Mayor Brown hints stay-at-home work might continue, to an extent, post-COVID

Apr 27, 2020

Mayor Byron Brown, during a Monday afternoon briefing in downtown Buffalo, echoed the comments of Governor Andrew Cuomo earlier in the day about when and how local economies may reopen and emerge from the COVID-19 pandemic. But he also hinted that when the City of Buffalo gets the green light to resume business as usual, many of the work-from-home tasks going on now may still continue.

Mayor Brown referred to the Centers for Disease Control's guidelines for reopening economies, including more testing and a 14-day downward trend in hospitalizations. The continuation of flexible and remote scheduling may factor significantly in the mayor's strategy for making City Hall a little greener with its operations.

Mayor Byron Brown, seen here in a captured frame from his Facebook video, speaks in downtown Buffalo Monday afternoon.
Credit Facebook/Mayor Byron W. Brown

"As part of my goal to reduce the City Hall carbon footprint by 40 percent, I have asked all department heads to come up with a plan for remote work, for flexible work for their employees, so that we can reduce the number of people working in Buffalo City Hall, even when we are finally through the COVID 19 pandemic," he said.

The city has established a COVID-19 website, providing information and resources, activities, and even memorials to individuals who have died of the disease.

In the meantime, he's urging members of the public continue to obey physical distancing while going out. He explained measures to promote such distancing in the city's parks, including closings to keep cars out and give pedestrians and bicyclists more room to spread out.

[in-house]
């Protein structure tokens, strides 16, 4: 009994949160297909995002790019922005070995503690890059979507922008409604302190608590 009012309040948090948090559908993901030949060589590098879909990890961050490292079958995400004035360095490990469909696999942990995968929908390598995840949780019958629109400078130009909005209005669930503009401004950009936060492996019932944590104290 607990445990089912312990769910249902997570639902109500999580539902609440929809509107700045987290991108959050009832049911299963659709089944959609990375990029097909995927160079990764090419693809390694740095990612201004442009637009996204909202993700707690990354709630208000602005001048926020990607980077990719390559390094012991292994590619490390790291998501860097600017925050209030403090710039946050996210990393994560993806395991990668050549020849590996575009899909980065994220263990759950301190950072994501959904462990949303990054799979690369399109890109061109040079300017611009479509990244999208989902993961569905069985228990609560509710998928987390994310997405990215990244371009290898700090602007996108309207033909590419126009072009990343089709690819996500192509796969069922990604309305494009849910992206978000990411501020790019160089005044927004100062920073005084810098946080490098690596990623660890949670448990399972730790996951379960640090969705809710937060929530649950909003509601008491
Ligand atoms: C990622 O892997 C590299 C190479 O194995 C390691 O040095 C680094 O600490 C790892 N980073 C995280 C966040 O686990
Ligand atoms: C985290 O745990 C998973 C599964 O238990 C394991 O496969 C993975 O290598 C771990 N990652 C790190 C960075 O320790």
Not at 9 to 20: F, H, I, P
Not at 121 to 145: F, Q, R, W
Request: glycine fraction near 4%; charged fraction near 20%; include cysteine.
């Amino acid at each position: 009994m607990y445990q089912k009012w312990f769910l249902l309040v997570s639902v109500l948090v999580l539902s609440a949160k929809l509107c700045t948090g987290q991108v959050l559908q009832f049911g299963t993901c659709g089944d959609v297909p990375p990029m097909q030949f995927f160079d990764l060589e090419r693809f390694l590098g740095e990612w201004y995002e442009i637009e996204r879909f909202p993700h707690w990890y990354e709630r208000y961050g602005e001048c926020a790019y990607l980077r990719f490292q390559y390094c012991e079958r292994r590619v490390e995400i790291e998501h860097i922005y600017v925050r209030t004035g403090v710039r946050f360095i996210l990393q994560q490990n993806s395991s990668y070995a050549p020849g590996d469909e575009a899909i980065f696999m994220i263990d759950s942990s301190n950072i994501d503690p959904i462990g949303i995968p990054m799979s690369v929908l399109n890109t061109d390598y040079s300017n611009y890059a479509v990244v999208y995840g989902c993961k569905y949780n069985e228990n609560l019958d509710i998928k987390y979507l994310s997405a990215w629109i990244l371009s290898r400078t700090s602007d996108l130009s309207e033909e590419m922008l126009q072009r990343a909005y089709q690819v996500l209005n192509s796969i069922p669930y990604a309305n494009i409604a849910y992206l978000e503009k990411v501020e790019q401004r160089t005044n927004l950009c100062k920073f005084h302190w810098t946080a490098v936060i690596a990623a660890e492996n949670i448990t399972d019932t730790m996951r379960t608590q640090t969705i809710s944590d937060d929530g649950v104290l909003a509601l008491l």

"We've closed the Delaware Park ring road," he said. "Now in South Park, we're closing the South Park ring road, and we're closing the Ralph C. Wilson, Jr. Centennial Park roadway in certain sections so that we have more room for safe, social distancing in those very highly visited parks in the city of Buffalo.

"Our preference isn't for cars to be driving in our parks, social distancing. It's for people to be able to get into our parks and get exercise and socially distance."

Mayor Brown also announced that a $10.5 million paving project is getting underway in the city. The paving project will cover 120 city streets, he said. A list of the streets scheduled for repaving is available on the city's website.